Additionally, I know that I prefer a supplier to be honest and admit their mistakes to me – I am less likely to return somewhere that makes mistakes but denies or hide them. So it is a business decision to deal with mistakes openly, too.

Given that we are all human and make mistakes, do you have a policy or guideline for dealing with mistakes once you are aware of them?

Mistakes in emails…

Going on from my recent post about repeat messages in emails, where I mentioned owning up to a mistake rather than sending a corrected version as if nothing had happened, I thought I’d share this post I found with you.

Joan Pasay discusses getting a lot of emails with “Whoops!” in the subject line because people had discovered an error in the emails they had sent out. I agree with her suggestion of being upfront and ‘grown up’ in the subject line when you announce an error. As she says “I guess the lesson here is to just admit you made an error and not try to cover it up with a “Gee wilickers, I think I just might be a moron” type subject line. “”

Personally, I have never received an email with a whoops subject – have you? I’ve had emails announcing an error, but they mostly have been along the lines of “our may newsletter – with correction” which is perfectly acceptable. Although I always wonder if I should delete the original because I can’t be sure (without taking the time there and then to read the email) if the corrected version includes the entire message or just the correction.

So now am I wondering – what sorts of subjects have you seen from people who realise they made a msitake in an email already sent?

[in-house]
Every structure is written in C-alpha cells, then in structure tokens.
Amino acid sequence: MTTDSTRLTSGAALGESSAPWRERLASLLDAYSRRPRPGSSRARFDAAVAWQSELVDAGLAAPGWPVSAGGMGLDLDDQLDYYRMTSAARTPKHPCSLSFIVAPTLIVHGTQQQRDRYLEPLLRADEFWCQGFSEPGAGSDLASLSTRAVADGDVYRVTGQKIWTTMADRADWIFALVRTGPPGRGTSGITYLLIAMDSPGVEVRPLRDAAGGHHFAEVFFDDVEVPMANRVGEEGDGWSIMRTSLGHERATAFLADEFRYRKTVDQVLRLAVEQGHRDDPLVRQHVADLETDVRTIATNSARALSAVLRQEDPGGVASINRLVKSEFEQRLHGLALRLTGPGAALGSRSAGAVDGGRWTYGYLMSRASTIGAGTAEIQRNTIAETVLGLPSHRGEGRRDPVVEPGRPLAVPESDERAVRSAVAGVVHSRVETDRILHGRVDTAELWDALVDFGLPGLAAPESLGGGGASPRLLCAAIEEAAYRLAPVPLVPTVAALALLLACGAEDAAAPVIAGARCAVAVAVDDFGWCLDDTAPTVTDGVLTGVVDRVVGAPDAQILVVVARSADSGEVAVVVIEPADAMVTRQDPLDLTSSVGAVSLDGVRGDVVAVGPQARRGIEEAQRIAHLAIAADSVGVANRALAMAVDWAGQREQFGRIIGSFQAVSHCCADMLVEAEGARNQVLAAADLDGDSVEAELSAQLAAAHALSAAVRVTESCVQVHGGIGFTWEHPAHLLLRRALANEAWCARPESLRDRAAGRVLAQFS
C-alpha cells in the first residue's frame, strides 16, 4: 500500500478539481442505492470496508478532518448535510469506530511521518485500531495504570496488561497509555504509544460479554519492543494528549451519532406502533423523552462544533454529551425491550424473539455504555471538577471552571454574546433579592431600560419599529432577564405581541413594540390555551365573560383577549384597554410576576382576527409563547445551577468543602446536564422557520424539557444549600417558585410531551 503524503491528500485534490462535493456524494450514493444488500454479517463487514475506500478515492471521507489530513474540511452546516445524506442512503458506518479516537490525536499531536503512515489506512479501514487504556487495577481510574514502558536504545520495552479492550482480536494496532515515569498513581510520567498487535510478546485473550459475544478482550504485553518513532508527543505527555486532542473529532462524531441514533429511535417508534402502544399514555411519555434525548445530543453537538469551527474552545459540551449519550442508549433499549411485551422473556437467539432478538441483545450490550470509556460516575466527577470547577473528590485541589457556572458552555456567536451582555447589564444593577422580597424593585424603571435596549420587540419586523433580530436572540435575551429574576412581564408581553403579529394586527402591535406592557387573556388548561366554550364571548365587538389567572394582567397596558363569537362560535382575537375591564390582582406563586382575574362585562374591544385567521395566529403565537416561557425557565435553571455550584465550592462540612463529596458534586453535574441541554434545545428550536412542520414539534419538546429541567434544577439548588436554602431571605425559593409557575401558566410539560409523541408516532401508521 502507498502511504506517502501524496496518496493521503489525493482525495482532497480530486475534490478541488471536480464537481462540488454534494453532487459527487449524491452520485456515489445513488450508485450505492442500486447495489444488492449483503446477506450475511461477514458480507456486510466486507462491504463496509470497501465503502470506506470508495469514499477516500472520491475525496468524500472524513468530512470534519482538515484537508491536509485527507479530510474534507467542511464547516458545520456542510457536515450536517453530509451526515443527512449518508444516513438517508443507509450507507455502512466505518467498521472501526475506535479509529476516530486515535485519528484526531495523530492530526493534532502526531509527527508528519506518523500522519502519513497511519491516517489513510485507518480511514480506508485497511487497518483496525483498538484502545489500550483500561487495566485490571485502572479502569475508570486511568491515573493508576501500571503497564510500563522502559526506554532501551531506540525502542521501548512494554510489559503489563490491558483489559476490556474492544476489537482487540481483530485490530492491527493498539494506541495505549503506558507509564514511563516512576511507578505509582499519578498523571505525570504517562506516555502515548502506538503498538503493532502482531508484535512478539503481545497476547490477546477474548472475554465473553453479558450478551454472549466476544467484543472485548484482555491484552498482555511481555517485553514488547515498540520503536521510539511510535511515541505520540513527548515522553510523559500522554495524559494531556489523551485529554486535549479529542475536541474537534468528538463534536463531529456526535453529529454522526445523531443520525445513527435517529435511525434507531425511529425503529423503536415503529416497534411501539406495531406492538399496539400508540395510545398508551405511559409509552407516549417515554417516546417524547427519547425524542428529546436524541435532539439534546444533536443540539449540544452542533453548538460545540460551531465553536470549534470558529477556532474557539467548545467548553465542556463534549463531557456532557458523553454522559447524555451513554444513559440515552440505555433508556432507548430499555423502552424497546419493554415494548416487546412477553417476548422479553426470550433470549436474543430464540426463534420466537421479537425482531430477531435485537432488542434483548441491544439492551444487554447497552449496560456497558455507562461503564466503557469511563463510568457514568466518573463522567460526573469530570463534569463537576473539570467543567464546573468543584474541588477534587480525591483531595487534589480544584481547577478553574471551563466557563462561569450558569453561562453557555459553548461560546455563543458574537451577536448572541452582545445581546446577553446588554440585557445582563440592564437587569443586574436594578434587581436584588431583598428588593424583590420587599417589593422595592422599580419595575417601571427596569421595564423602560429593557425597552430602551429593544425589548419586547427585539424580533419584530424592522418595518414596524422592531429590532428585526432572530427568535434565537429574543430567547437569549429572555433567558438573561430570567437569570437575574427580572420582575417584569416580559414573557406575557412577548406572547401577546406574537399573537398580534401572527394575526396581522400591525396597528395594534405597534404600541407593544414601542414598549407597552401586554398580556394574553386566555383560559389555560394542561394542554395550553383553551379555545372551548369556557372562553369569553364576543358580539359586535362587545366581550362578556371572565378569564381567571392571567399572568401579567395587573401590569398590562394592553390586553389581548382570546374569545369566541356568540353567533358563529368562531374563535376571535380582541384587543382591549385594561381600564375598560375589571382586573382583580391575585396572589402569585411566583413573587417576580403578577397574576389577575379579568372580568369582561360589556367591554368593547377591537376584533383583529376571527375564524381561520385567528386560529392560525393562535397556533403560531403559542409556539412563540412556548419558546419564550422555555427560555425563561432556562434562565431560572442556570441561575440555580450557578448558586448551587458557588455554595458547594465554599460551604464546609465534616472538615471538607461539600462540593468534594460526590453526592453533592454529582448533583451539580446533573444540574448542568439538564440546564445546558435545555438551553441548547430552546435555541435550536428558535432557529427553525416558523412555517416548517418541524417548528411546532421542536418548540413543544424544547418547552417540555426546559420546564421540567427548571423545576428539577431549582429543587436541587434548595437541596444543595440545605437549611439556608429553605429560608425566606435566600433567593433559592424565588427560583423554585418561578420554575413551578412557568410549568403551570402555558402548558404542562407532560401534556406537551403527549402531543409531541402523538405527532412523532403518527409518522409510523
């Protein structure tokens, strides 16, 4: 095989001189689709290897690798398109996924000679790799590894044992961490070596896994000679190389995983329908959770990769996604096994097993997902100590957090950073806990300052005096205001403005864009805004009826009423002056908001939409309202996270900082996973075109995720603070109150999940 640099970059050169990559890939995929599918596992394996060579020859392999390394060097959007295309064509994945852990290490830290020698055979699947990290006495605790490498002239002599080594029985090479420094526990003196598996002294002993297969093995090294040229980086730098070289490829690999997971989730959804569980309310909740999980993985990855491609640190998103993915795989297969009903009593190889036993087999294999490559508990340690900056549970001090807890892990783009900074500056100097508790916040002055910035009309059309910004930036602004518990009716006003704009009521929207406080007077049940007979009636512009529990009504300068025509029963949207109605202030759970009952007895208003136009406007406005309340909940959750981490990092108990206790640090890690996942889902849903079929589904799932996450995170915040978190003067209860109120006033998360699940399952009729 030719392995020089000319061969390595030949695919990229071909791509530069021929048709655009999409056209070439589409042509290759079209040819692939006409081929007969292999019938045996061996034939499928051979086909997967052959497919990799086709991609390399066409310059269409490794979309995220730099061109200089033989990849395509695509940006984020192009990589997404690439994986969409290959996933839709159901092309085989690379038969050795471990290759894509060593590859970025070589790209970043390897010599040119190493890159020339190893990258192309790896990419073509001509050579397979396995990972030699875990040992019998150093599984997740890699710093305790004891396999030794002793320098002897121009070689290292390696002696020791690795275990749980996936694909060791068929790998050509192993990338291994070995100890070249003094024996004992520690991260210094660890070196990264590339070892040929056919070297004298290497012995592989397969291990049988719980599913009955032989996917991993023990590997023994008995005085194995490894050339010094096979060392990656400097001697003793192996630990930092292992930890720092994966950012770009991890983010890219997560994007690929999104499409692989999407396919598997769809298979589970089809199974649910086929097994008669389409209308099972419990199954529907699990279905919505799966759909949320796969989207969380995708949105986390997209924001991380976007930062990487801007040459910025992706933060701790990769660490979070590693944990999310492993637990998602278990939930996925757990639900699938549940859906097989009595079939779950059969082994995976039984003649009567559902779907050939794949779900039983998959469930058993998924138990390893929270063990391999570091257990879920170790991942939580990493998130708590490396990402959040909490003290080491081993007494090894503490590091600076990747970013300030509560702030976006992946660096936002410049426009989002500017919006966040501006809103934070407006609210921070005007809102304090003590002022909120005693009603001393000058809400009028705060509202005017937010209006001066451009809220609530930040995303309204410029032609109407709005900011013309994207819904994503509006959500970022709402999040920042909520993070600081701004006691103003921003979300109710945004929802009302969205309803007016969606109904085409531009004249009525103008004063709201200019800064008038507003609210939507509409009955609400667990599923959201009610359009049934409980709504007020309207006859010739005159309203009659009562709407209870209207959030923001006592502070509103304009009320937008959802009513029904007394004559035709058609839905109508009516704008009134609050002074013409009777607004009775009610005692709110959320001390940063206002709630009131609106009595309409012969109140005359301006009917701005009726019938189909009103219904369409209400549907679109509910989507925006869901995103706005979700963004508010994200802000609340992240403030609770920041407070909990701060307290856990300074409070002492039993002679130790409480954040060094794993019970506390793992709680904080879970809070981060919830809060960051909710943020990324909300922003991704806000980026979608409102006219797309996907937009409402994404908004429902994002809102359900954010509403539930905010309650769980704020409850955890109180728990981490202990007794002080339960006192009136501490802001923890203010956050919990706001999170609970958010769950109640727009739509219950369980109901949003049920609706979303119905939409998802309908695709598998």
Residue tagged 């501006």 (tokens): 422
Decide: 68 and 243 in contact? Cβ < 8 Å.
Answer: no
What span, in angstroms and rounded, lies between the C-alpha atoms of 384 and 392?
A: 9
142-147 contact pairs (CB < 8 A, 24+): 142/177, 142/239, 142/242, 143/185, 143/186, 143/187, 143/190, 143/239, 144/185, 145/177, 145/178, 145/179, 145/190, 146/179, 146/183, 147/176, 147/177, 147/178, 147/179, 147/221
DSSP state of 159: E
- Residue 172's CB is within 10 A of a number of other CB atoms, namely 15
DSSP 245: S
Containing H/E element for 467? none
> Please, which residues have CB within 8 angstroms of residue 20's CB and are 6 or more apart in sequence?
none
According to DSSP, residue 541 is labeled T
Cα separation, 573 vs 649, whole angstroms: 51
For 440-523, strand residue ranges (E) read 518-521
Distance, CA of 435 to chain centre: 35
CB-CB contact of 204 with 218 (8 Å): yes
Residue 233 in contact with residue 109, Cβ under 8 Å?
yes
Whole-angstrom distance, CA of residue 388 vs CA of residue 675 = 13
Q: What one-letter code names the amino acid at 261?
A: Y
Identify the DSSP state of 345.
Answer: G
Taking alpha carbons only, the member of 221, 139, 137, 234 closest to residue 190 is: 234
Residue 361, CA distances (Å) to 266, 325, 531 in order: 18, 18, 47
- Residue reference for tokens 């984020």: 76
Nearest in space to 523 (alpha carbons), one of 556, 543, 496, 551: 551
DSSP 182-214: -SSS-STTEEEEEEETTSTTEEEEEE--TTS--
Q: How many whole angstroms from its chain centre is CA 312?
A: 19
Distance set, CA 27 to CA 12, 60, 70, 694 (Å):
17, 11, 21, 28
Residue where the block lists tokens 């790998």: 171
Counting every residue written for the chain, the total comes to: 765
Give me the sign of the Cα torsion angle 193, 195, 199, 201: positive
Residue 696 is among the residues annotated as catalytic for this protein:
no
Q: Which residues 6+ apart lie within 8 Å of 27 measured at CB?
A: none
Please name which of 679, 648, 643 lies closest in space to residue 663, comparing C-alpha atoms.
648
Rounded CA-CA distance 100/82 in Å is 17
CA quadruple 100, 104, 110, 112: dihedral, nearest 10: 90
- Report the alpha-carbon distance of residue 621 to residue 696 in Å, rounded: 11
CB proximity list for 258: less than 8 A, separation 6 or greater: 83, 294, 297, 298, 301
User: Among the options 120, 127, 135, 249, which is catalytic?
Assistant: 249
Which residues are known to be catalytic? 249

Use your words wisely!


Check details – and check again

Let’s face it not everyone will notice or care about a couple of small spelling or grammatical mistakes. But getting the details correct is absolutely critical.

Make sure you go back and check details in your work – whether it is something you have written, a professional wrote for you or a graphic designer has worked on for you. Ideally, get someone else to check your document just for details.

If in doubt at how easy it can be to make such mistakes, here are some real life examples…

  1. A marketing flyer for a local shopping strip where each shop added their ad looked great except for one little detail – they spelt the name of the suburb incorrectly! And I know because I saw the flyer in circulation so it went out without being corrected.
  2. A course registration form included a second page with the following under the header:
    Invoice Date: 18 December 2008

    Event: Course Name, Melbourne – 20 February 2008
    Obviously, prompt payment isn’t an issue with these people!

  3. A business sent out invitations to an event that cost them a lot of money to arrange. The invitations were sent out stating a day and date that didn’t match so they risked many people not turning up.
  4. 500 business cards were printed with the wrong mobile phone number because no one checked the original source. Luckily, the problem was noticed before any cards were given out.
  5. 100,000 letterhead were printed before anyone realised the disclaimer mentioned another (related) company name. Could you afford this sort of reprint?
  6. a book on small business quoted someone but used the wrong first name for her, which put her offside and made it hard for readers to research that woman
  7. the male CEO of a Melbourne company was named in a photo in an industry magazine – however, the photo was a woman and the article was not even related to the CEO or his company.

So while you won’t be alone with such mistakes, your credibility is better if you take the time to make sure details are present and correct. The cost of not checking can be huge.